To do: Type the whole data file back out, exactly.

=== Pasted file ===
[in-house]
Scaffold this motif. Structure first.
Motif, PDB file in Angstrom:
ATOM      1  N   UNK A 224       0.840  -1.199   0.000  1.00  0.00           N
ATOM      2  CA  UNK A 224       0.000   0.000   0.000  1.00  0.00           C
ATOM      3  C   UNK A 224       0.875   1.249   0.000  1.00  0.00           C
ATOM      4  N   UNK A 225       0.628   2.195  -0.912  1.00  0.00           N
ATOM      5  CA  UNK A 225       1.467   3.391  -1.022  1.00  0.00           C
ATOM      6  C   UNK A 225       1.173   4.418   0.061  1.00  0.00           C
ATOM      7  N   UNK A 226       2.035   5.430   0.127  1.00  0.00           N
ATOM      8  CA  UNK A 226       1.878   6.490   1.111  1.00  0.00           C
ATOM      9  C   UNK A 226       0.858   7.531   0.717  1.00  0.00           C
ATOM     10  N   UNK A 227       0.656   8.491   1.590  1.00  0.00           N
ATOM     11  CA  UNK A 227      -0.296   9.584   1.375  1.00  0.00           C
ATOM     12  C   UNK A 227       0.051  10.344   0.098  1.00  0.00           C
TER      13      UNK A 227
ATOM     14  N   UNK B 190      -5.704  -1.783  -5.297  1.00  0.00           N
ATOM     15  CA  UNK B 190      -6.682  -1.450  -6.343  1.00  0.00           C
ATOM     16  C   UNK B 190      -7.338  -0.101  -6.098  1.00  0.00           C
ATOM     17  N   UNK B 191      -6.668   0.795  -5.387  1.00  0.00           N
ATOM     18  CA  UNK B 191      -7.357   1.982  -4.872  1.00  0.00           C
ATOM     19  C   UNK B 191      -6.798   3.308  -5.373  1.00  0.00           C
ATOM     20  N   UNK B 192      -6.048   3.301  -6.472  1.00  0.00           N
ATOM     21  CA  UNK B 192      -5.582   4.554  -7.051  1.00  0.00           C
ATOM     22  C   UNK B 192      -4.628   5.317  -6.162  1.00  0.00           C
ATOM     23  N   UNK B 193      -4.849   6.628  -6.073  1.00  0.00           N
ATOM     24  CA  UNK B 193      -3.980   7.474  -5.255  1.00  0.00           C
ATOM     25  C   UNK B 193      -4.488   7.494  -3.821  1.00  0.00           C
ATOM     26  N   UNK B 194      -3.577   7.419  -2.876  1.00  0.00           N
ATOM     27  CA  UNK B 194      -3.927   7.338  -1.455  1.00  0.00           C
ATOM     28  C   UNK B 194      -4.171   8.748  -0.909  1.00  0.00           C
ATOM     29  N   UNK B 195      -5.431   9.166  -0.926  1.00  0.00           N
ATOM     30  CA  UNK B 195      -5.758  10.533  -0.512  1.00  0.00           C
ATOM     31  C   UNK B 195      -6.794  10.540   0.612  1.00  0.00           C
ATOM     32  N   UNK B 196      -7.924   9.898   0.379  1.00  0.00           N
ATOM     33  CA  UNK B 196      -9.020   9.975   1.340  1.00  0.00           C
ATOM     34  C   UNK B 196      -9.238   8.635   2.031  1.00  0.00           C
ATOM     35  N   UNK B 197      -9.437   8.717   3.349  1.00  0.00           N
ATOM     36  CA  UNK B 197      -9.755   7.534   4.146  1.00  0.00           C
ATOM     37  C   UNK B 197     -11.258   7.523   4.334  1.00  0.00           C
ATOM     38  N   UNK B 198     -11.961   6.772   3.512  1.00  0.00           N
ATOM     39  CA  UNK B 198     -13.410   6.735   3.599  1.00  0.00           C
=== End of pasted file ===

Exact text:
[in-house]
Scaffold this motif. Structure first.
Motif, PDB file in Angstrom:
ATOM      1  N   UNK A 224       0.840  -1.199   0.000  1.00  0.00           N
ATOM      2  CA  UNK A 224       0.000   0.000   0.000  1.00  0.00           C
ATOM      3  C   UNK A 224       0.875   1.249   0.000  1.00  0.00           C
ATOM      4  N   UNK A 225       0.628   2.195  -0.912  1.00  0.00           N
ATOM      5  CA  UNK A 225       1.467   3.391  -1.022  1.00  0.00           C
ATOM      6  C   UNK A 225       1.173   4.418   0.061  1.00  0.00           C
ATOM      7  N   UNK A 226       2.035   5.430   0.127  1.00  0.00           N
ATOM      8  CA  UNK A 226       1.878   6.490   1.111  1.00  0.00           C
ATOM      9  C   UNK A 226       0.858   7.531   0.717  1.00  0.00           C
ATOM     10  N   UNK A 227       0.656   8.491   1.590  1.00  0.00           N
ATOM     11  CA  UNK A 227      -0.296   9.584   1.375  1.00  0.00           C
ATOM     12  C   UNK A 227       0.051  10.344   0.098  1.00  0.00           C
TER      13      UNK A 227
ATOM     14  N   UNK B 190      -5.704  -1.783  -5.297  1.00  0.00           N
ATOM     15  CA  UNK B 190      -6.682  -1.450  -6.343  1.00  0.00           C
ATOM     16  C   UNK B 190      -7.338  -0.101  -6.098  1.00  0.00           C
ATOM     17  N   UNK B 191      -6.668   0.795  -5.387  1.00  0.00           N
ATOM     18  CA  UNK B 191      -7.357   1.982  -4.872  1.00  0.00           C
ATOM     19  C   UNK B 191      -6.798   3.308  -5.373  1.00  0.00           C
ATOM     20  N   UNK B 192      -6.048   3.301  -6.472  1.00  0.00           N
ATOM     21  CA  UNK B 192      -5.582   4.554  -7.051  1.00  0.00           C
ATOM     22  C   UNK B 192      -4.628   5.317  -6.162  1.00  0.00           C
ATOM     23  N   UNK B 193      -4.849   6.628  -6.073  1.00  0.00           N
ATOM     24  CA  UNK B 193      -3.980   7.474  -5.255  1.00  0.00           C
ATOM     25  C   UNK B 193      -4.488   7.494  -3.821  1.00  0.00           C
ATOM     26  N   UNK B 194      -3.577   7.419  -2.876  1.00  0.00           N
ATOM     27  CA  UNK B 194      -3.927   7.338  -1.455  1.00  0.00           C
ATOM     28  C   UNK B 194      -4.171   8.748  -0.909  1.00  0.00           C
ATOM     29  N   UNK B 195      -5.431   9.166  -0.926  1.00  0.00           N
ATOM     30  CA  UNK B 195      -5.758  10.533  -0.512  1.00  0.00           C
ATOM     31  C   UNK B 195      -6.794  10.540   0.612  1.00  0.00           C
ATOM     32  N   UNK B 196      -7.924   9.898   0.379  1.00  0.00           N
ATOM     33  CA  UNK B 196      -9.020   9.975   1.340  1.00  0.00           C
ATOM     34  C   UNK B 196      -9.238   8.635   2.031  1.00  0.00           C
ATOM     35  N   UNK B 197      -9.437   8.717   3.349  1.00  0.00           N
ATOM     36  CA  UNK B 197      -9.755   7.534   4.146  1.00  0.00           C
ATOM     37  C   UNK B 197     -11.258   7.523   4.334  1.00  0.00           C
ATOM     38  N   UNK B 198     -11.961   6.772   3.512  1.00  0.00           N
ATOM     39  CA  UNK B 198     -13.410   6.735   3.599  1.00  0.00           C